In the surf last weekend, a surfer in his 50s asked me about my occupation. When I told him I was a Headmaster, he voiced his surprise ‘a Headmaster and a surfer!’ He then exclaimed, ‘Bring back the cane!’ We chatted for another 10 minutes and I spoke with him about why the cane or punishment was not the solution to undesirable behaviour. Natural connected consequences yes, but not punishment with no consideration of the ‘back story’.
“When we see behaviour that is problematic or confusing, the first question we should ask is NOT ‘How do we get rid of this behaviour?’ but rather ‘What is this telling us about the child?” Mona Delahooke, Paediatric Clinical Psychologist
In her groundbreaking book, Beyond Behaviours, Dr. Mona Delahooke describes a child’s behaviour as the tip of the iceberg. Important signals that we should address by seeking to understand what lies beneath.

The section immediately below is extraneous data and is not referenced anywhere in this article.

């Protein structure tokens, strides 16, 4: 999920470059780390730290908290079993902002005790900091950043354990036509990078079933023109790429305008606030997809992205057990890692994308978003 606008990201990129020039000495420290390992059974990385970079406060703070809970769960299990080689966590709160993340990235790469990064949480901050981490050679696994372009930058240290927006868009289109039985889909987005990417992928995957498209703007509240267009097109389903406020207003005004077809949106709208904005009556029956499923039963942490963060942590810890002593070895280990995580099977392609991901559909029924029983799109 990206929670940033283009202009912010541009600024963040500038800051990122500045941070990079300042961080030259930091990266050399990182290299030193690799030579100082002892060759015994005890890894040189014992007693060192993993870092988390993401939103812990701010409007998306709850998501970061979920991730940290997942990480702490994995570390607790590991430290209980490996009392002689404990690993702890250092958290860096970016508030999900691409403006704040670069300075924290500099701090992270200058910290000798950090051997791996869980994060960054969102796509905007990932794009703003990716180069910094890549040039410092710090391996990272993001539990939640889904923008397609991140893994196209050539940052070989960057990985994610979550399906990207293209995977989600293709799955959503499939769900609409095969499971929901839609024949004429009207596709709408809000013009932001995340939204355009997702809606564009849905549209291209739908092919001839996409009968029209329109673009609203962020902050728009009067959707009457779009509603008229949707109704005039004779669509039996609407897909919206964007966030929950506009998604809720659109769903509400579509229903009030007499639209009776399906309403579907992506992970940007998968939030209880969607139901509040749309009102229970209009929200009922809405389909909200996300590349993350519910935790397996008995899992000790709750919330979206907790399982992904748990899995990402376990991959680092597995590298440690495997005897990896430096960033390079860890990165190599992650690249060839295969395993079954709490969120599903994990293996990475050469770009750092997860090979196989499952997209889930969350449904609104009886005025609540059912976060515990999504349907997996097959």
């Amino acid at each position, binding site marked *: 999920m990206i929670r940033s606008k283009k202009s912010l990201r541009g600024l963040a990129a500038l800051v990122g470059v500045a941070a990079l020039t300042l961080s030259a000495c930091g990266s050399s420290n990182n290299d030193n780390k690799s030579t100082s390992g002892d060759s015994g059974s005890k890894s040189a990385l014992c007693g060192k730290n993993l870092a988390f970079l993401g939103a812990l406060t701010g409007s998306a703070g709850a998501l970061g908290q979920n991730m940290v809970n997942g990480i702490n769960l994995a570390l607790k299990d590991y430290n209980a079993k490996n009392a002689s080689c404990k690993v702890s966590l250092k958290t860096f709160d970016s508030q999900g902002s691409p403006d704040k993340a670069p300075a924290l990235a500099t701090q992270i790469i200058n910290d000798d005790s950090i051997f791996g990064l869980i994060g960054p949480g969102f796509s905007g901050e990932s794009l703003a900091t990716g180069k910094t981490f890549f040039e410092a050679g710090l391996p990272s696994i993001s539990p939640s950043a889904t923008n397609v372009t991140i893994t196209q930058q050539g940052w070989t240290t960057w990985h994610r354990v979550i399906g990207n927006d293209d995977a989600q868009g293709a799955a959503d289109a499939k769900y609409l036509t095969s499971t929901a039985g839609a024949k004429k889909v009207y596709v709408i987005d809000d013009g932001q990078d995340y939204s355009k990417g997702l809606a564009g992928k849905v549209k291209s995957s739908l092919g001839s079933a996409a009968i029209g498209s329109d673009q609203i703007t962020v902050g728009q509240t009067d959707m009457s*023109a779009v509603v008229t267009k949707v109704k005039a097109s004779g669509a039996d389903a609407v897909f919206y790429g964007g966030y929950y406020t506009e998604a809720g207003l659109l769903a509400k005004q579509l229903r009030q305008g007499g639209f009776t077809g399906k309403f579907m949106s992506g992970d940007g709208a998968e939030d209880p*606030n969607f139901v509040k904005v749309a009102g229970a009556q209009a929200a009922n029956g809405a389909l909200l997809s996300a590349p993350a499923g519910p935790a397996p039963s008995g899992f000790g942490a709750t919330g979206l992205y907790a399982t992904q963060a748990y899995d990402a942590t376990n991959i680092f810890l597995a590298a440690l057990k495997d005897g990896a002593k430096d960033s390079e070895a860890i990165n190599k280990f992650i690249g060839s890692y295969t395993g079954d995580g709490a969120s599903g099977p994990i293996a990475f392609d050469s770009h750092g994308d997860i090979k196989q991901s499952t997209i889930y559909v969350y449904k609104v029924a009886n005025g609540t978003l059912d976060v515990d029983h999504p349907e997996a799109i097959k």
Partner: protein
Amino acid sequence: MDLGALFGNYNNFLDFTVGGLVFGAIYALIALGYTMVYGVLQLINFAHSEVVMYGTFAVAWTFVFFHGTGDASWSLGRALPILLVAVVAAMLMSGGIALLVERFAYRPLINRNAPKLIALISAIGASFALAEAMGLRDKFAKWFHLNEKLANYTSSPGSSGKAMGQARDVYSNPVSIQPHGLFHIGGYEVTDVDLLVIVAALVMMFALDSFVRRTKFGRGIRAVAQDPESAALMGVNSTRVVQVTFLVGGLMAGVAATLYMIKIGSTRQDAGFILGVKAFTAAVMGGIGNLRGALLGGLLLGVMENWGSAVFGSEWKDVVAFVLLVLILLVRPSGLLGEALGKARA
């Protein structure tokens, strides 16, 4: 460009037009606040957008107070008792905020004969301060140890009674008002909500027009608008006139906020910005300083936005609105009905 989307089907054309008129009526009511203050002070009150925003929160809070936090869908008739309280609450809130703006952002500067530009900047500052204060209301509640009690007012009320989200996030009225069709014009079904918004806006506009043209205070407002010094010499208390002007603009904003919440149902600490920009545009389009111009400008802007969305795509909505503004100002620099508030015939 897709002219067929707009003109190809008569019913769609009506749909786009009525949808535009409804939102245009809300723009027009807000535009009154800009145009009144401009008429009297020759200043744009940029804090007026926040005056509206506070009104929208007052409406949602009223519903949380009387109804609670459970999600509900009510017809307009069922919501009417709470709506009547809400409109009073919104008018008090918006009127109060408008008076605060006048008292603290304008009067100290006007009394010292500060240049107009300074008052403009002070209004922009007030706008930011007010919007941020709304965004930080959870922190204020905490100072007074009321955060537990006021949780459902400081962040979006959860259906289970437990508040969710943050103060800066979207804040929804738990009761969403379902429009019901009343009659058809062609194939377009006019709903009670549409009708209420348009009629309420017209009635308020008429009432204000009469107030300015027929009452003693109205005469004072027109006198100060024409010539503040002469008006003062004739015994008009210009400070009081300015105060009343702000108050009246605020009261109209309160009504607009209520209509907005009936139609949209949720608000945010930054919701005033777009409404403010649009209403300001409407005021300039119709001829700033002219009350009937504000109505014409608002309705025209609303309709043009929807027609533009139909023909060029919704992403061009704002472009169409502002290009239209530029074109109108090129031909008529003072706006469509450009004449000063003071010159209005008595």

Behaviour is your child’s means of communication, and so considering his hidden needs (what I like to call the ‘back story’) rather than the behaviours, can be a game-changer. By showing him empathy, acceptance, understanding and kindness you are demonstrating to him that you are with him and for him.Last week, Dr Murray Wright (NSW Chief Psychiatrist) addressed families, particularly those with primary school-aged children, about COVID-19 lockdown distress. In his statements, he remarked, "Parents may notice behavioural changes in their children during lockdown including acting out, becoming clingy or withdrawing - but there are ways to help. I think it's reasonable, if there's any kind of change in behaviour in your school-aged children at this time, to assume that it's actually a statement of distress and take the opportunity to find out what's causing that distress…"
Peter Grimes | Headmaster